## The Quantum-Classical Debate:

## reply to Andrei

\(\sigma_A \sigma_B \geq \frac{1}{2} |\langle [A,B] \rangle|\)

**The key point of Heisenberg uncertainty relationship for position and momenta is to be pedantic and observe that the commutator is proportional with the identity operator**\(I\):

\([x,p] = i \hbar I\)

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__for any state__.

For the other question on the apparent violation of the uncertainty principle. here is what Heisenberg stated:

"

*If the velocity of the electron is at first known, and the position then exactly measured, the position of the electron for times previous to the position measurement may be calculated. For these past times, δpδq is smaller than the usual bound."*and

*"*

*the uncertainty relation does not hold for the past.**"*I think this is not a well known or appreciated fact by the majority of physics community.

Then Heisenberg pointed out that

**these values can never be used as initial conditions**in a prediction about the future behavior of the electron.
Now back to answering Andrei's challenge to quantum mechanics, Andrei discussed 3 points:

**Objection 1:**Classical, local theories have been ruled out by

**Objection 2:**Classical theories cannot explain single-particle interference (double slit experiment), quantum tunneling, the stability of atoms or energy quantification in atoms or molecules.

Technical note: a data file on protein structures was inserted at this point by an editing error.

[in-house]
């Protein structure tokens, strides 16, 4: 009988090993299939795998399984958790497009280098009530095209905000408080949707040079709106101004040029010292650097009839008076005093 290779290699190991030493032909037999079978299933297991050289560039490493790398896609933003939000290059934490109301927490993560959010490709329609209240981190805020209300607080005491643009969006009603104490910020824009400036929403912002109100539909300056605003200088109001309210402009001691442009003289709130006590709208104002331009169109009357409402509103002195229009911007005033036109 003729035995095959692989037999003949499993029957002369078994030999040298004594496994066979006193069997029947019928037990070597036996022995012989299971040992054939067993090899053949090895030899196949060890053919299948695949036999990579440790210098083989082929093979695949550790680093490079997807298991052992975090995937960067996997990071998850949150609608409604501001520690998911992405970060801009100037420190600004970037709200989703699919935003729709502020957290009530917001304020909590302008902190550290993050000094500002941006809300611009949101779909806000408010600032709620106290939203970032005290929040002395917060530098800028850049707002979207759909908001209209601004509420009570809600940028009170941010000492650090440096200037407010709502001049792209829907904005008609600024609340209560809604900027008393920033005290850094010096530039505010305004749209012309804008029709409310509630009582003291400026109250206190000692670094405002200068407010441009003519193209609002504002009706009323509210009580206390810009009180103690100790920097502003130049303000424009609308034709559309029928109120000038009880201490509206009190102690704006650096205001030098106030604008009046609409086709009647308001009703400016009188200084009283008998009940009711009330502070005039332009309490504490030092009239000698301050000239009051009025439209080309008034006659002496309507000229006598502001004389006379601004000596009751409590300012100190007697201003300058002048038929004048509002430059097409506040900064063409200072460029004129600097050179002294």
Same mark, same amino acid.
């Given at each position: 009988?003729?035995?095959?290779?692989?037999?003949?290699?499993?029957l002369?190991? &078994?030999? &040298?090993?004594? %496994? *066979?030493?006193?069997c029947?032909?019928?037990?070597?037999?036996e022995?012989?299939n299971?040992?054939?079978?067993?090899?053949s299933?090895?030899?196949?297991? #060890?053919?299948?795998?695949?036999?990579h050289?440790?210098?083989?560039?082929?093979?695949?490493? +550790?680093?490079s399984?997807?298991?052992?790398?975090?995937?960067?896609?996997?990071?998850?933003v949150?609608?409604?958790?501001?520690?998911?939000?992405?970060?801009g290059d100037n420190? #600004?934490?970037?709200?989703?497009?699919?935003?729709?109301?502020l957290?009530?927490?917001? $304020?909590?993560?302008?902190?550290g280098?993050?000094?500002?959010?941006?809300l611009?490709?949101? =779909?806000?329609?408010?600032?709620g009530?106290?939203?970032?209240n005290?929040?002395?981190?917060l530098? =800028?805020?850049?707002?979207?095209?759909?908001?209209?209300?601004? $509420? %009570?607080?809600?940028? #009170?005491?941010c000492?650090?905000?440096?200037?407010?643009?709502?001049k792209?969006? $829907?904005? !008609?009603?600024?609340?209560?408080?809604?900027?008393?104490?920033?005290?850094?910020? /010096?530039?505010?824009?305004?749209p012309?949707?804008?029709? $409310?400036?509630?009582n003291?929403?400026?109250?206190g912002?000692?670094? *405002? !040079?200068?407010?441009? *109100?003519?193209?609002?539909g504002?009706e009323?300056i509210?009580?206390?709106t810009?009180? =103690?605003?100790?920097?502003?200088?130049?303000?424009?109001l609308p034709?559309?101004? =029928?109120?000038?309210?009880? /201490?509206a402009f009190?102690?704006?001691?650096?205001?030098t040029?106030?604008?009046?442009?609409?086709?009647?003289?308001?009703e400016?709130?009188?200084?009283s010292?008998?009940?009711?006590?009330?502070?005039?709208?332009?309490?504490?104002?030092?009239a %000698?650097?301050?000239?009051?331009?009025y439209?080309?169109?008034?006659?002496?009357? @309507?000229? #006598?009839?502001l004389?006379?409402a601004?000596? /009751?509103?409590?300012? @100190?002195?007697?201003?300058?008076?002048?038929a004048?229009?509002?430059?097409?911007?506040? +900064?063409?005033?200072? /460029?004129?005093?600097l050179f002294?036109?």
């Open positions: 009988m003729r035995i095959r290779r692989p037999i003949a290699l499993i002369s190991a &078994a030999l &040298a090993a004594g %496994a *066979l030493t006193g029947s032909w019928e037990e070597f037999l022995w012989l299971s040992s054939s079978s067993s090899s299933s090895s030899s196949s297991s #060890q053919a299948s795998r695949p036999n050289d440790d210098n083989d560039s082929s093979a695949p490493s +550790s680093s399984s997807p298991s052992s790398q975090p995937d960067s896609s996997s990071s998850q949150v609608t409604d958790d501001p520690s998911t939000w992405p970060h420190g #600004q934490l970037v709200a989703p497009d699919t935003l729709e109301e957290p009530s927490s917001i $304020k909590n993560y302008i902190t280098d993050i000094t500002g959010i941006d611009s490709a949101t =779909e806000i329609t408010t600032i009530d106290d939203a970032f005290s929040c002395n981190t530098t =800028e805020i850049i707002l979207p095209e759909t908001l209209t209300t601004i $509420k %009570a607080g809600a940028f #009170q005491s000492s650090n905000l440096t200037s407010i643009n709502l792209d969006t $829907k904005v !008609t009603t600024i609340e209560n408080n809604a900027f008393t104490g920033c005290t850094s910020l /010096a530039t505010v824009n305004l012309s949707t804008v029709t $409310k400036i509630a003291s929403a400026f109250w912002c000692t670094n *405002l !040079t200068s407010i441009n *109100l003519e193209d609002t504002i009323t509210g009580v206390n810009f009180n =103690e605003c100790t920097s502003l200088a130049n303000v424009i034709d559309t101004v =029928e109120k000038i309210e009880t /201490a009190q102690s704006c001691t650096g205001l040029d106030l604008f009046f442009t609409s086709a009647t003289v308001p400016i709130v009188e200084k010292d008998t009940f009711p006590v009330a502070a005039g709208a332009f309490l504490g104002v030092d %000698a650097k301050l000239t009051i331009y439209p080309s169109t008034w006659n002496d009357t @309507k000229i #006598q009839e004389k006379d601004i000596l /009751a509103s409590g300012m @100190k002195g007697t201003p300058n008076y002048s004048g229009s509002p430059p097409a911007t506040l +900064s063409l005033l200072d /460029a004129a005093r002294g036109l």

**Objection 3:**Even if one could elude the previous points, there is no reason to pursue classical theories because quantum mechanics perfectly predicts all observed phenomena.

Let's analyze them in turn.

On

**Objection 1**, I agree that classical, local theories have been ruled out by

*contextual*while quantum mechanics in phase space uses negative probabilities.

On superdeterminism, one needs to deny free will and this is a very tall order. While I (and anyone else) cannot give a rigorous definition of free will, I know that I have it. Andrei contends that classical theory is deterministic. While true, this is both an insufficient and an irrelevant argument. Superdeterminism is only a pre-requisite step:

__you need to obtain from it quantum correlations, and so far I am not aware of any successful model.__Second,

__determinism does not imply superdeterminism__because the existence of chaotic evolution equations. Predicting weather is a classical example. I do not think superdeterminism has any chance of success.

On

**Objection 2**, I again agree with its statement. Quantum mechanics arose out of the inability of classical mechanics to explain atomic phenomena. But instead of expanding on this let's reply to the concrete arguments Andrei raised. Let's start with:

"

*This is all nice, but classical physics is not the same thing as Newtonian physics of the rigid body. Let’s consider a better classical approximation of the electron, a charged bullet. The slits are made of some material that will necessarily contain a large number of charged “bullets”. As the test bullet travels, its trajectory will be determined by the field generated by the slitted barrier. The field will be a function of position/momenta of the “bullets” in the barrier. But the field produced by a barrier with two slits will be different than the field produced by a barrier with only one slit, so the effect with both holes open is NOT the sum of the effects with each hole open alone.*"